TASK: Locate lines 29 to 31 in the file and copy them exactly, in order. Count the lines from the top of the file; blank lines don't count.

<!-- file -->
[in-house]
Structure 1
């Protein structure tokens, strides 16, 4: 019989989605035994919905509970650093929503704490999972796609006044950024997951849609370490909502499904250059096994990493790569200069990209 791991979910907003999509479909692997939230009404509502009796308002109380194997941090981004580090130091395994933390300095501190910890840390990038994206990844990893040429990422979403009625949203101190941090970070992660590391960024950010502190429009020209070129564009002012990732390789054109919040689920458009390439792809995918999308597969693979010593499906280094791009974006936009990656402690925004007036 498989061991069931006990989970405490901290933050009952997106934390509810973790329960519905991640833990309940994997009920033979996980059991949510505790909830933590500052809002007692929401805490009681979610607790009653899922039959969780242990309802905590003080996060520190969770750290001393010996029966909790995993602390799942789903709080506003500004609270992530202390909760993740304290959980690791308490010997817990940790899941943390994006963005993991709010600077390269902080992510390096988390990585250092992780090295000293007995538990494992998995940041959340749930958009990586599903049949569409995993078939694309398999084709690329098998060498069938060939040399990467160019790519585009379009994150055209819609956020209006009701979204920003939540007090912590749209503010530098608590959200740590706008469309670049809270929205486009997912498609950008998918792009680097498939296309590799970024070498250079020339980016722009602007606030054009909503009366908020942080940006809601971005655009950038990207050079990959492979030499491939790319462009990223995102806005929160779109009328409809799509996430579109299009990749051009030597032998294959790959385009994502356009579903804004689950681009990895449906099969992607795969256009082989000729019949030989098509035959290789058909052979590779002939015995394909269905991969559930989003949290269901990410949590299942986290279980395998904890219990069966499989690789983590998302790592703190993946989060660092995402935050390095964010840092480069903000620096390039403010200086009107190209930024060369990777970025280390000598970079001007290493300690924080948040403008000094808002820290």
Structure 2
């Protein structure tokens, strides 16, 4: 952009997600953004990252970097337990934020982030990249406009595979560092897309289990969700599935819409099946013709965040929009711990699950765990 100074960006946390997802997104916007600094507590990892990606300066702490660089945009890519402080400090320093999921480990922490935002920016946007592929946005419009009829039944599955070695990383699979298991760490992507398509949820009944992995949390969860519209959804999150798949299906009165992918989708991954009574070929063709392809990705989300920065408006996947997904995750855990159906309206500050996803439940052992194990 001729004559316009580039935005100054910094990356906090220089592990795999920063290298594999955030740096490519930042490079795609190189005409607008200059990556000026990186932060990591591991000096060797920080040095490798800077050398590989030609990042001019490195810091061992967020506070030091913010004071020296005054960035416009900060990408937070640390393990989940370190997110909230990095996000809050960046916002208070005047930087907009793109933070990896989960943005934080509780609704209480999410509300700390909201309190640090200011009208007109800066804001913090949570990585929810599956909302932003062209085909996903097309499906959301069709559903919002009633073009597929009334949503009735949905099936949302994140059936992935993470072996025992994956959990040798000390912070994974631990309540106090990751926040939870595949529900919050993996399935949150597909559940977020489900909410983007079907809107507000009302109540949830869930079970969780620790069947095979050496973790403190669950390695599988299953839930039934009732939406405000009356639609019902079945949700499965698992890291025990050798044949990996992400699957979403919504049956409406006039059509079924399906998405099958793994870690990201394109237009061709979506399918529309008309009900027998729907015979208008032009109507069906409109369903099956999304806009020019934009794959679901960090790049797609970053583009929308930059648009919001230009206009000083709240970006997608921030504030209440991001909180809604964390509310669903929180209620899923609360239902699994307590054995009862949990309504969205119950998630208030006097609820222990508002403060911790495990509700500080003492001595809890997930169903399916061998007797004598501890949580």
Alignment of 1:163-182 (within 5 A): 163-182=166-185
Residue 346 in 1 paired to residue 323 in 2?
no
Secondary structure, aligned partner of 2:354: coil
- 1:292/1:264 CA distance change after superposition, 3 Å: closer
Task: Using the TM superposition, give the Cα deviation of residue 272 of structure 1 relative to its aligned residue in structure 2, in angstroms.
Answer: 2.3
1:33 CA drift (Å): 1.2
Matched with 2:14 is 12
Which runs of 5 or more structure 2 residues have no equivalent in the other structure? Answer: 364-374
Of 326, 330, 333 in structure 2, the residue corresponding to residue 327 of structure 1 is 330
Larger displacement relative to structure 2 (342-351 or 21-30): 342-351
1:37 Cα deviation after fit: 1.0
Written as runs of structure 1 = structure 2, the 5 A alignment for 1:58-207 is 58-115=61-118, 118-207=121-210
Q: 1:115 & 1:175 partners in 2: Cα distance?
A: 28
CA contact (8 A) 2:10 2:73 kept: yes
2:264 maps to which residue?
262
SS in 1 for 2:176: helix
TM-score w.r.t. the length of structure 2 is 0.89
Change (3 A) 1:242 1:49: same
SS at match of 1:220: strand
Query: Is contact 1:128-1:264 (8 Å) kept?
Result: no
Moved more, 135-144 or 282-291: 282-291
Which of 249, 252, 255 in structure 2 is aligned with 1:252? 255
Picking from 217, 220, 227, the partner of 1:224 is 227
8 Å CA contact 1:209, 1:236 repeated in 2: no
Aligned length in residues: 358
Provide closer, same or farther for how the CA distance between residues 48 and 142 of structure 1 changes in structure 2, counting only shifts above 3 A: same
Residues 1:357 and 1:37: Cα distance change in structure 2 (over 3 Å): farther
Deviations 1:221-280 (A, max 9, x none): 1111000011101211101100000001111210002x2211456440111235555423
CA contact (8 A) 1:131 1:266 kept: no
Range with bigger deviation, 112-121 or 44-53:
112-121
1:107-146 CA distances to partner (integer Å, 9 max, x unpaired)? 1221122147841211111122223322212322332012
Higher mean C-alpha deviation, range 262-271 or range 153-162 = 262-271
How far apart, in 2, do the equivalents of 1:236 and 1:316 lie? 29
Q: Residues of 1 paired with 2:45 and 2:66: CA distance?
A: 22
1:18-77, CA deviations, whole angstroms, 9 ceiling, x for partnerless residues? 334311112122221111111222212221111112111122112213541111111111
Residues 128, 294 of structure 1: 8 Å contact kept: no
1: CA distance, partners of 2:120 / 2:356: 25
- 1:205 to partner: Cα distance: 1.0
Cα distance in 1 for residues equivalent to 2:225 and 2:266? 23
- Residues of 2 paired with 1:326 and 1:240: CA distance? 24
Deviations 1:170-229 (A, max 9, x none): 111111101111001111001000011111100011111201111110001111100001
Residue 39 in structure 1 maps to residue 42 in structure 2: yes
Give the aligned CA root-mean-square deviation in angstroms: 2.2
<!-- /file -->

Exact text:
Query: Is contact 1:128-1:264 (8 Å) kept?
Result: no
Moved more, 135-144 or 282-291: 282-291